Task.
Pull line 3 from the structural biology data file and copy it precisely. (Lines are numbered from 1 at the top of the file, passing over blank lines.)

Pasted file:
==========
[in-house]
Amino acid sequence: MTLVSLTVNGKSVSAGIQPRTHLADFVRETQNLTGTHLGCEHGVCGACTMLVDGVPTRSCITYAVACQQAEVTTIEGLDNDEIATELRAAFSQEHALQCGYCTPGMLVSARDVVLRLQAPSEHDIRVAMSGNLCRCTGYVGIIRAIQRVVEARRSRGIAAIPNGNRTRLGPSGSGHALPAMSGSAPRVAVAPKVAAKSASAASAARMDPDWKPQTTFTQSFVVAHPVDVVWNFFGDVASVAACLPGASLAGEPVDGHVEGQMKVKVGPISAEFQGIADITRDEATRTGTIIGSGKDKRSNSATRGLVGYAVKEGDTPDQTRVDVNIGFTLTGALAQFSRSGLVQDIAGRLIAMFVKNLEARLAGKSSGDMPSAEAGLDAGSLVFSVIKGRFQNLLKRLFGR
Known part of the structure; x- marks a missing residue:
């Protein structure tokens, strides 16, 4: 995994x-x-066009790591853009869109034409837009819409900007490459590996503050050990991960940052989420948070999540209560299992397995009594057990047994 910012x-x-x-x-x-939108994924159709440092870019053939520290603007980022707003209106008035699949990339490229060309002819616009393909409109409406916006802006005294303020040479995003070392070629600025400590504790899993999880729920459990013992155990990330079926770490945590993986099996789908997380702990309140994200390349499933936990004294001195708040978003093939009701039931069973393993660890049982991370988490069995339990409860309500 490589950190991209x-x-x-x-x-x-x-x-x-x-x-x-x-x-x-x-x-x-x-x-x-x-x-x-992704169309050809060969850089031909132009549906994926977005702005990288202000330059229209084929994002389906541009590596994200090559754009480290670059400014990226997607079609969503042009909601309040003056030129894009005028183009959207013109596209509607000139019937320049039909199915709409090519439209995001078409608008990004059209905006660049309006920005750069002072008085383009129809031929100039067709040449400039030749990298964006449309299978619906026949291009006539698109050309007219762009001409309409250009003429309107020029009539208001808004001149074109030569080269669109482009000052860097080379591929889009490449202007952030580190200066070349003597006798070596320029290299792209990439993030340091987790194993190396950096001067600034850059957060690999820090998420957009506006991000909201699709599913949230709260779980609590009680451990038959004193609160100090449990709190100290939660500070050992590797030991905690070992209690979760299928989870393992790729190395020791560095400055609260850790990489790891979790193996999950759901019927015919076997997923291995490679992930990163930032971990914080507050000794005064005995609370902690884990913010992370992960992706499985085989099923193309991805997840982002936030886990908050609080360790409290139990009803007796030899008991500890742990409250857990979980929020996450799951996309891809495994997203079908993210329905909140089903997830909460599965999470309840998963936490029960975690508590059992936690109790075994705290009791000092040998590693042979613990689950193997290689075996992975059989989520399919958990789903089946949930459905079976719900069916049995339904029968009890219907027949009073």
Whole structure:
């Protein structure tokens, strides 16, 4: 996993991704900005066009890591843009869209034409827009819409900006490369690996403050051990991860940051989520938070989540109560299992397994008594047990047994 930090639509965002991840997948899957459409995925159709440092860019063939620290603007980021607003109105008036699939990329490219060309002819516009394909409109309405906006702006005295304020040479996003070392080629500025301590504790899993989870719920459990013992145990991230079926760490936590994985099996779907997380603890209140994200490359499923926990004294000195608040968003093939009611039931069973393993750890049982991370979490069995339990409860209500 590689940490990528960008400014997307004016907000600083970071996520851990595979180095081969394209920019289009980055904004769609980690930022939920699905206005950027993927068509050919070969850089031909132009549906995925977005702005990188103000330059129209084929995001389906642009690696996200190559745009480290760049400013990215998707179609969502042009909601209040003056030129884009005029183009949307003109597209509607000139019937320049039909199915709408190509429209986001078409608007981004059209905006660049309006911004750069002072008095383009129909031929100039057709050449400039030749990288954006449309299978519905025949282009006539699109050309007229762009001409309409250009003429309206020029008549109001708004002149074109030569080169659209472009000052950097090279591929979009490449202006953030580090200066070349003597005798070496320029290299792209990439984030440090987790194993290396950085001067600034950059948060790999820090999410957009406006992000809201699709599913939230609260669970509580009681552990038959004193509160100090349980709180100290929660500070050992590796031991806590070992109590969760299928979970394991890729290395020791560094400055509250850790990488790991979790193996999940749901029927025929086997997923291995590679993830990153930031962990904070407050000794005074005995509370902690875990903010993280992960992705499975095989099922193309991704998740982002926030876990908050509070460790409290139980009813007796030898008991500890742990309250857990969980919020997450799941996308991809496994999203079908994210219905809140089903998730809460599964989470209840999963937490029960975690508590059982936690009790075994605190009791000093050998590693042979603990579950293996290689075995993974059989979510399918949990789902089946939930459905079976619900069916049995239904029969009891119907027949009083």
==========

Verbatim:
Known part of the structure; x- marks a missing residue: